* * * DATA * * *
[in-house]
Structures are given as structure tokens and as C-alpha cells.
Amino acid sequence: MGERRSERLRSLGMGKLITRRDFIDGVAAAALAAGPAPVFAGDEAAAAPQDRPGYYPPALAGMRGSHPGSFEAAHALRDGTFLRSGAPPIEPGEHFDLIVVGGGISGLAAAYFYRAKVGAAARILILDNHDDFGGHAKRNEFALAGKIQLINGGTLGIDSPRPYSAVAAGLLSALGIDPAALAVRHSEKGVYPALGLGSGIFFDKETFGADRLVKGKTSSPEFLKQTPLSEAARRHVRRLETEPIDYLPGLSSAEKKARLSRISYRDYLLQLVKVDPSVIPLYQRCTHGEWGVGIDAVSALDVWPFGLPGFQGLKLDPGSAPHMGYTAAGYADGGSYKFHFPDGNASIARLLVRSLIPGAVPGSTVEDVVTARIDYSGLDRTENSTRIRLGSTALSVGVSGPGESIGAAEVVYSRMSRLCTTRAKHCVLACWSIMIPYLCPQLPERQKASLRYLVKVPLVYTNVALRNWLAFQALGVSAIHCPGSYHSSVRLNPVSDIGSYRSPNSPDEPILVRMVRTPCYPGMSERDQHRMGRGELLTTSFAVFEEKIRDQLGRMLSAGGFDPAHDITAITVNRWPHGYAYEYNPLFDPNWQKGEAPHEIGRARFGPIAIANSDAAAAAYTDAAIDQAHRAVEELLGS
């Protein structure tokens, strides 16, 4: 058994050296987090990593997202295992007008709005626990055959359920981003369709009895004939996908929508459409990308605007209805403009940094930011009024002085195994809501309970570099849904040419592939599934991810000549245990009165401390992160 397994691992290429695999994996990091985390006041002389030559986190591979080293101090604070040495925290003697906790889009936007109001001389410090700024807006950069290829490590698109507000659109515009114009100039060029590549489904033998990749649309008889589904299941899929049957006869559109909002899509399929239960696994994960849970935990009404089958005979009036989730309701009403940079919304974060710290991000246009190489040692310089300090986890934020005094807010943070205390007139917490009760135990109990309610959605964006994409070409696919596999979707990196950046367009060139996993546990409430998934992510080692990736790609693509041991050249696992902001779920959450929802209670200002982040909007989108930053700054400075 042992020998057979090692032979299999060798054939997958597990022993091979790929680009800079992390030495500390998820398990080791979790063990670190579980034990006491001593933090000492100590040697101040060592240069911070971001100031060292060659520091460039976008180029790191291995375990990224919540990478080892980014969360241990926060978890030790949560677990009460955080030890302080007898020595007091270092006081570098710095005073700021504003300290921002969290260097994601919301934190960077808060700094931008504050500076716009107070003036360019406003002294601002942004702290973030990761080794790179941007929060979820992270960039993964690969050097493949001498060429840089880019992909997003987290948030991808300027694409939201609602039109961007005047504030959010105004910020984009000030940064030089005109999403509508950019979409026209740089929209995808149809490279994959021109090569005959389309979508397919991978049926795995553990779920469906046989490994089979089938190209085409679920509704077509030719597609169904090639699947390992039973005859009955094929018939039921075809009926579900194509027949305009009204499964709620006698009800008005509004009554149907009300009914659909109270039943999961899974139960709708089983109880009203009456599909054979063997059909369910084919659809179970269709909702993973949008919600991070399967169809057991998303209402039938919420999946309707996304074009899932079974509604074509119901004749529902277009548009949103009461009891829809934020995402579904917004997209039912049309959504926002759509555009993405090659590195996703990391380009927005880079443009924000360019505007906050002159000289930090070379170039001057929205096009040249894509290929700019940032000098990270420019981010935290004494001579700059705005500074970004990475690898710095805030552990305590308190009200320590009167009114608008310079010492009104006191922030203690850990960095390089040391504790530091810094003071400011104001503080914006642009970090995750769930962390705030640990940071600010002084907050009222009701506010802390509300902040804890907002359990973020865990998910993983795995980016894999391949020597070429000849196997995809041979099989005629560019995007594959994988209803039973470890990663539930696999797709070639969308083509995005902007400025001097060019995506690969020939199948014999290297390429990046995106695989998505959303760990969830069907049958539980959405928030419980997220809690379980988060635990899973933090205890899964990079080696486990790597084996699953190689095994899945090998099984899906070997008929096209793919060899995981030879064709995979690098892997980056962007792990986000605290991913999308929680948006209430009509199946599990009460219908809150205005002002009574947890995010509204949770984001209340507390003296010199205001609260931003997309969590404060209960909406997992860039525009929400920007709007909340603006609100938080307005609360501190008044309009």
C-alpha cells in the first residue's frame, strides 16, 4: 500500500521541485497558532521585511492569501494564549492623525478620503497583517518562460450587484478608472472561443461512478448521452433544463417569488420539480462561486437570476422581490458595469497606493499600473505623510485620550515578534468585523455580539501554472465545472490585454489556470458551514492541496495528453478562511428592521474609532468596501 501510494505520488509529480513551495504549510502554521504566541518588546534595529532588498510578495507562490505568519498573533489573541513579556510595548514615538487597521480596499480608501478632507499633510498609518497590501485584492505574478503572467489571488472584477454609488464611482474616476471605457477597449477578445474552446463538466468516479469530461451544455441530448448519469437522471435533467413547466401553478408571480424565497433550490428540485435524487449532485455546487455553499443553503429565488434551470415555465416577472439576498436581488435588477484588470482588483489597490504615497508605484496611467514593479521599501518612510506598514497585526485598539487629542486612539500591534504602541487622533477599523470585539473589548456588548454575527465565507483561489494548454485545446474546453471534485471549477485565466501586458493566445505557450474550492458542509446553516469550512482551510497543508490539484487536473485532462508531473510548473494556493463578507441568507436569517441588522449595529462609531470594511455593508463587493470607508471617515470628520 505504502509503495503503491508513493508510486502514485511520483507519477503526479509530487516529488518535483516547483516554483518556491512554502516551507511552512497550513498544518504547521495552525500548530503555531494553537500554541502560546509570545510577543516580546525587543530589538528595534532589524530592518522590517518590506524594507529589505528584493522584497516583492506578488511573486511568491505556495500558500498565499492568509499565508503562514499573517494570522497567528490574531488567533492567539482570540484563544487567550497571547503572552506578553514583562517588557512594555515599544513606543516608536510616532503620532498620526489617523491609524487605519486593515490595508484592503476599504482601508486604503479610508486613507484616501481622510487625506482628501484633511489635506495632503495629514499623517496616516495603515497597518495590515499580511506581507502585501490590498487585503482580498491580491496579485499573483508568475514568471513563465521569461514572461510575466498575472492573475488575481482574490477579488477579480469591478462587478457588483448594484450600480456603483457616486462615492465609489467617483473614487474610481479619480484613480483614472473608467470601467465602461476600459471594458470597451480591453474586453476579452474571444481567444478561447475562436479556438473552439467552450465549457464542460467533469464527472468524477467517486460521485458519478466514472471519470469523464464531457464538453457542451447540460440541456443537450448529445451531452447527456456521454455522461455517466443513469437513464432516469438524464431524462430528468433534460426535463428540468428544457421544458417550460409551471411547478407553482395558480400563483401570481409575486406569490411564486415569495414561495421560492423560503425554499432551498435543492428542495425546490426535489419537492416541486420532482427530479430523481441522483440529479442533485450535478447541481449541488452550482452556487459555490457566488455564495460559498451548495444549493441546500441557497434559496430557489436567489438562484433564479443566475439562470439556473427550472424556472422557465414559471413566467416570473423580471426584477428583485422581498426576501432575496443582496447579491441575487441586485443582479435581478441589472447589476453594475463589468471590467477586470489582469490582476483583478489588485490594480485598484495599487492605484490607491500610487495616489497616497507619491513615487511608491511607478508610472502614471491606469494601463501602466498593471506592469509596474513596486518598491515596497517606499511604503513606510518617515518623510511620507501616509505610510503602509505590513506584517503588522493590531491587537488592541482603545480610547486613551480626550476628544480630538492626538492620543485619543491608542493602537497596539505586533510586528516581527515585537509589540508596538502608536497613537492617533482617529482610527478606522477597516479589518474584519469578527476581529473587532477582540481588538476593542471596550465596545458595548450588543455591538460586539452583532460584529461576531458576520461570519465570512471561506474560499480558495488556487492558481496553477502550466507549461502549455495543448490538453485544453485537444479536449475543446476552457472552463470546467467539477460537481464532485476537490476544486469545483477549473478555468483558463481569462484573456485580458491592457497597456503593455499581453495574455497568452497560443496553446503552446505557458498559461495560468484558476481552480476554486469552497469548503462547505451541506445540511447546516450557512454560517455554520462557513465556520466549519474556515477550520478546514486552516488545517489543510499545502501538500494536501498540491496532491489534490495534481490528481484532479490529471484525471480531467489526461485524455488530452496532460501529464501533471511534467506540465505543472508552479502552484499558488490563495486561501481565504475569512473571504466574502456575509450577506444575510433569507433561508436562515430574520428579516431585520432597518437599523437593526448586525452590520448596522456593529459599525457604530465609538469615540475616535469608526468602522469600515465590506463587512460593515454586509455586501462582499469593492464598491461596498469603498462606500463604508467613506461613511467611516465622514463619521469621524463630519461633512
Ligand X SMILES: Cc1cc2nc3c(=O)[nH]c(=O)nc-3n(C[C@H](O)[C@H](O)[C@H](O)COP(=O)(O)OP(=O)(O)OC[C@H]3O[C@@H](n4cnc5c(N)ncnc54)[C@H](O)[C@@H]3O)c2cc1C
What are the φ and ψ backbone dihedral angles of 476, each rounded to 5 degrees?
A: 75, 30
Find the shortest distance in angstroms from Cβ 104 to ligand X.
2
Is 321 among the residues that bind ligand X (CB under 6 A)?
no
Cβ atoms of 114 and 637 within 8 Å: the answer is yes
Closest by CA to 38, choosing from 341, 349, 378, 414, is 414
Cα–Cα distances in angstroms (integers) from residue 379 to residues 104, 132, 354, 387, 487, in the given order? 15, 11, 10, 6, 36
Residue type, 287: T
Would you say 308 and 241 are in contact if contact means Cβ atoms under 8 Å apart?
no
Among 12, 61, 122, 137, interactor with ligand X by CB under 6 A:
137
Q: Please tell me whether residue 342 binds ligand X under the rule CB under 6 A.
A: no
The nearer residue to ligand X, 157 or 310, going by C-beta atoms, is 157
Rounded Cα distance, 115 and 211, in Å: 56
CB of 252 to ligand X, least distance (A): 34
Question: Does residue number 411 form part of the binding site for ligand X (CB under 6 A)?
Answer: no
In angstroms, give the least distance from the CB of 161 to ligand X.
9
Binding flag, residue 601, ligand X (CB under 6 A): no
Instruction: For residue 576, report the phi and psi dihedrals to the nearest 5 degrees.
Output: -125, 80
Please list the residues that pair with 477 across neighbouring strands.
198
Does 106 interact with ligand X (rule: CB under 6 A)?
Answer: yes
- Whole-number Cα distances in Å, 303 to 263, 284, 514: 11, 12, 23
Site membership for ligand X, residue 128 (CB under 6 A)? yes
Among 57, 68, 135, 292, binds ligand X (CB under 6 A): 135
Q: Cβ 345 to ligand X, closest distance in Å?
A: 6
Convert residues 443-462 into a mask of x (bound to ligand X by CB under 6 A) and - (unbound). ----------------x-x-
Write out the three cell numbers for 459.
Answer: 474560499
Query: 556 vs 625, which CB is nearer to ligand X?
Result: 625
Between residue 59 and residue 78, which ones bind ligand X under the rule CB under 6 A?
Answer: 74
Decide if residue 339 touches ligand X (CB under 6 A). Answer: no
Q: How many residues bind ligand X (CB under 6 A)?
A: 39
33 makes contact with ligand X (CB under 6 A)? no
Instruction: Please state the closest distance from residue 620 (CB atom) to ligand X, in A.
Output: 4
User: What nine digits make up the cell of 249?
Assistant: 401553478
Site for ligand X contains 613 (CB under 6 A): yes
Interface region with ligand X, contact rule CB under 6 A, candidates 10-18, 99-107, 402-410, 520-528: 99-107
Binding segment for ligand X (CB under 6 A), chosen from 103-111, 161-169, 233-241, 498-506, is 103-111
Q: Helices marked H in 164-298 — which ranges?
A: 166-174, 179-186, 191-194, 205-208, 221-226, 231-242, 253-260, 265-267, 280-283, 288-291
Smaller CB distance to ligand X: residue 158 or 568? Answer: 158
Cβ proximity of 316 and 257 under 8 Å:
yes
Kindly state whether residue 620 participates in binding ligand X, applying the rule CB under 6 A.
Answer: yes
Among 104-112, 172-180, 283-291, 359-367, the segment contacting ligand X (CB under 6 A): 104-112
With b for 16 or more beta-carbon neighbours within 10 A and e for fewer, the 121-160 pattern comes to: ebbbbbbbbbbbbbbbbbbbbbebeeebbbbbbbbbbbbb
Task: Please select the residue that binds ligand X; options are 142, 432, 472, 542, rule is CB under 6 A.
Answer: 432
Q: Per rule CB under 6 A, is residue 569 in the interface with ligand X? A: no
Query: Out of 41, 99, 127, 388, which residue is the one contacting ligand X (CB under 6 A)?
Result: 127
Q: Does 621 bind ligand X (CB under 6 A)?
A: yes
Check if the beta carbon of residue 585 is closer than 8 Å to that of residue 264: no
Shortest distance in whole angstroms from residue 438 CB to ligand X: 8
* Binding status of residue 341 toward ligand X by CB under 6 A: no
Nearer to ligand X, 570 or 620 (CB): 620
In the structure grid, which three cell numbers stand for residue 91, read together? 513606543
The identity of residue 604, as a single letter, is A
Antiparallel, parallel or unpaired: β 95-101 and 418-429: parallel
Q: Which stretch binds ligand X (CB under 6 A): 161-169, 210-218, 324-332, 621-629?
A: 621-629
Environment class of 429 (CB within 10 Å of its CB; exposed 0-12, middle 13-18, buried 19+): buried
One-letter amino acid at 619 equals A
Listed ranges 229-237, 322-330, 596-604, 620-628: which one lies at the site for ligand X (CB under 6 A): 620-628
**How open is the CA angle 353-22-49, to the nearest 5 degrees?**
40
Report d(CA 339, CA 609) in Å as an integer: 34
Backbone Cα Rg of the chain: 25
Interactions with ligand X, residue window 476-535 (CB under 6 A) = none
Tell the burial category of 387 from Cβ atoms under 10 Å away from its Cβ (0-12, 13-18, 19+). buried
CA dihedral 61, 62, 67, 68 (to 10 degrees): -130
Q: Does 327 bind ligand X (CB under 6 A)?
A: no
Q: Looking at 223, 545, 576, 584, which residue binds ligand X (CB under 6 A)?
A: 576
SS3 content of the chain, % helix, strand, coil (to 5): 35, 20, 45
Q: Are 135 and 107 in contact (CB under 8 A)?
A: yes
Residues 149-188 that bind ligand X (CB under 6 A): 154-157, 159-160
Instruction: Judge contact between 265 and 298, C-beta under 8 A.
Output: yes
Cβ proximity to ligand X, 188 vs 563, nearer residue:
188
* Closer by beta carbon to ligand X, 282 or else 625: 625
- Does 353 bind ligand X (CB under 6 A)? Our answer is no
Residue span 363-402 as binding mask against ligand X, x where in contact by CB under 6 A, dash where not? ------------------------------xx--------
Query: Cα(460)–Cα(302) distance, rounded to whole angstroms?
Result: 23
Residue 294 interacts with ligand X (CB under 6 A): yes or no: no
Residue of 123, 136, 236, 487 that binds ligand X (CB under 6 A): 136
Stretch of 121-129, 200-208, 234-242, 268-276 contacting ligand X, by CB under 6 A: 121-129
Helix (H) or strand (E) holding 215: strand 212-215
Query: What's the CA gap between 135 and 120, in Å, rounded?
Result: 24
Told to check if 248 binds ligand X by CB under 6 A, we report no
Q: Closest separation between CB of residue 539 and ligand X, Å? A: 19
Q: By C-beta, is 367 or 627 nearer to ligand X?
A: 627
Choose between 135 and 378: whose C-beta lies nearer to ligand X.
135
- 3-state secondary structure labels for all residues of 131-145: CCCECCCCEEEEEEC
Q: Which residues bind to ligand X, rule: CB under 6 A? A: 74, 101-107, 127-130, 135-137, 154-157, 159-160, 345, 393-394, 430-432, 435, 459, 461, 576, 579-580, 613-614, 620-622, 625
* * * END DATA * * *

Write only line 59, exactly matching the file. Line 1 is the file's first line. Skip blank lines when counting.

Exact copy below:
Binding segment for ligand X (CB under 6 A), chosen from 103-111, 161-169, 233-241, 498-506, is 103-111